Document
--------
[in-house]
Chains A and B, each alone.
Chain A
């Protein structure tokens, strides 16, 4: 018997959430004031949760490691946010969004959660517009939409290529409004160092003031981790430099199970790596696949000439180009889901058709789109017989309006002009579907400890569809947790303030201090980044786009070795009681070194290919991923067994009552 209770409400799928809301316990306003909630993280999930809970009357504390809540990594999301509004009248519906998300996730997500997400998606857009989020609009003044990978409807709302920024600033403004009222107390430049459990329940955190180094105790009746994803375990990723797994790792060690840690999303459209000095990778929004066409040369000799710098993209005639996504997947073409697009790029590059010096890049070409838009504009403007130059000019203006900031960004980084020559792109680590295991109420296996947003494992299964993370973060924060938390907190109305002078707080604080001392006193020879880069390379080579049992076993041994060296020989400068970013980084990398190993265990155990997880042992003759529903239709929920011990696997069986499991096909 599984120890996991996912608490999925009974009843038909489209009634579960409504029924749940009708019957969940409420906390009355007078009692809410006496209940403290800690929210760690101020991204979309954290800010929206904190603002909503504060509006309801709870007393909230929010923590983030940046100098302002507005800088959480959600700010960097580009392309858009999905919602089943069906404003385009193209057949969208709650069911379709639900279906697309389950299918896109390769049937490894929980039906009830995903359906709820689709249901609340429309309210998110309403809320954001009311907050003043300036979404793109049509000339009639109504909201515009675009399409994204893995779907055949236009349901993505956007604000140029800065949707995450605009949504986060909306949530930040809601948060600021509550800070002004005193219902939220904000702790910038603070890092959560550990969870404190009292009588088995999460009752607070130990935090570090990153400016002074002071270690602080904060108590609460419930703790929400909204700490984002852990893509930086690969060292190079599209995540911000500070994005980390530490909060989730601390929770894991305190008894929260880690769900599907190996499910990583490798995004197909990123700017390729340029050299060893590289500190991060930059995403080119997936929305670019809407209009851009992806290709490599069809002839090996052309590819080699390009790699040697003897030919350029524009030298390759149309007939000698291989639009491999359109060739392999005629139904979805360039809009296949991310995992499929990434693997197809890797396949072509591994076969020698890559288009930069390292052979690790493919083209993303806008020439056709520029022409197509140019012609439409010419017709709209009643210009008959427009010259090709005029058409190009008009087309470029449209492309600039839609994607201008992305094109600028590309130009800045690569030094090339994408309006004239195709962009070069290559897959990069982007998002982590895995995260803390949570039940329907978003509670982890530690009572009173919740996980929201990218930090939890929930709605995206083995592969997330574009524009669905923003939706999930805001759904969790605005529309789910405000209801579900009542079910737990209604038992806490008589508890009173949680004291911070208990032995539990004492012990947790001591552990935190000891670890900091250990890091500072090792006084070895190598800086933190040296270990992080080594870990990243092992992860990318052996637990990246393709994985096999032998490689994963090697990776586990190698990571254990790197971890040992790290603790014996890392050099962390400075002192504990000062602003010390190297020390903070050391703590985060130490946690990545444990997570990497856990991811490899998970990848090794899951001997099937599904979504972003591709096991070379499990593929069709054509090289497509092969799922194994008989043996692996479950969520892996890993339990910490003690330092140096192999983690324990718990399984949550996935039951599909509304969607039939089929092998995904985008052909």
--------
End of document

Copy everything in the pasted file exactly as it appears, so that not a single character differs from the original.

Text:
[in-house]
Chains A and B, each alone.
Chain A
């Protein structure tokens, strides 16, 4: 018997959430004031949760490691946010969004959660517009939409290529409004160092003031981790430099199970790596696949000439180009889901058709789109017989309006002009579907400890569809947790303030201090980044786009070795009681070194290919991923067994009552 209770409400799928809301316990306003909630993280999930809970009357504390809540990594999301509004009248519906998300996730997500997400998606857009989020609009003044990978409807709302920024600033403004009222107390430049459990329940955190180094105790009746994803375990990723797994790792060690840690999303459209000095990778929004066409040369000799710098993209005639996504997947073409697009790029590059010096890049070409838009504009403007130059000019203006900031960004980084020559792109680590295991109420296996947003494992299964993370973060924060938390907190109305002078707080604080001392006193020879880069390379080579049992076993041994060296020989400068970013980084990398190993265990155990997880042992003759529903239709929920011990696997069986499991096909 599984120890996991996912608490999925009974009843038909489209009634579960409504029924749940009708019957969940409420906390009355007078009692809410006496209940403290800690929210760690101020991204979309954290800010929206904190603002909503504060509006309801709870007393909230929010923590983030940046100098302002507005800088959480959600700010960097580009392309858009999905919602089943069906404003385009193209057949969208709650069911379709639900279906697309389950299918896109390769049937490894929980039906009830995903359906709820689709249901609340429309309210998110309403809320954001009311907050003043300036979404793109049509000339009639109504909201515009675009399409994204893995779907055949236009349901993505956007604000140029800065949707995450605009949504986060909306949530930040809601948060600021509550800070002004005193219902939220904000702790910038603070890092959560550990969870404190009292009588088995999460009752607070130990935090570090990153400016002074002071270690602080904060108590609460419930703790929400909204700490984002852990893509930086690969060292190079599209995540911000500070994005980390530490909060989730601390929770894991305190008894929260880690769900599907190996499910990583490798995004197909990123700017390729340029050299060893590289500190991060930059995403080119997936929305670019809407209009851009992806290709490599069809002839090996052309590819080699390009790699040697003897030919350029524009030298390759149309007939000698291989639009491999359109060739392999005629139904979805360039809009296949991310995992499929990434693997197809890797396949072509591994076969020698890559288009930069390292052979690790493919083209993303806008020439056709520029022409197509140019012609439409010419017709709209009643210009008959427009010259090709005029058409190009008009087309470029449209492309600039839609994607201008992305094109600028590309130009800045690569030094090339994408309006004239195709962009070069290559897959990069982007998002982590895995995260803390949570039940329907978003509670982890530690009572009173919740996980929201990218930090939890929930709605995206083995592969997330574009524009669905923003939706999930805001759904969790605005529309789910405000209801579900009542079910737990209604038992806490008589508890009173949680004291911070208990032995539990004492012990947790001591552990935190000891670890900091250990890091500072090792006084070895190598800086933190040296270990992080080594870990990243092992992860990318052996637990990246393709994985096999032998490689994963090697990776586990190698990571254990790197971890040992790290603790014996890392050099962390400075002192504990000062602003010390190297020390903070050391703590985060130490946690990545444990997570990497856990991811490899998970990848090794899951001997099937599904979504972003591709096991070379499990593929069709054509090289497509092969799922194994008989043996692996479950969520892996890993339990910490003690330092140096192999983690324990718990399984949550996935039951599909509304969607039939089929092998995904985008052909």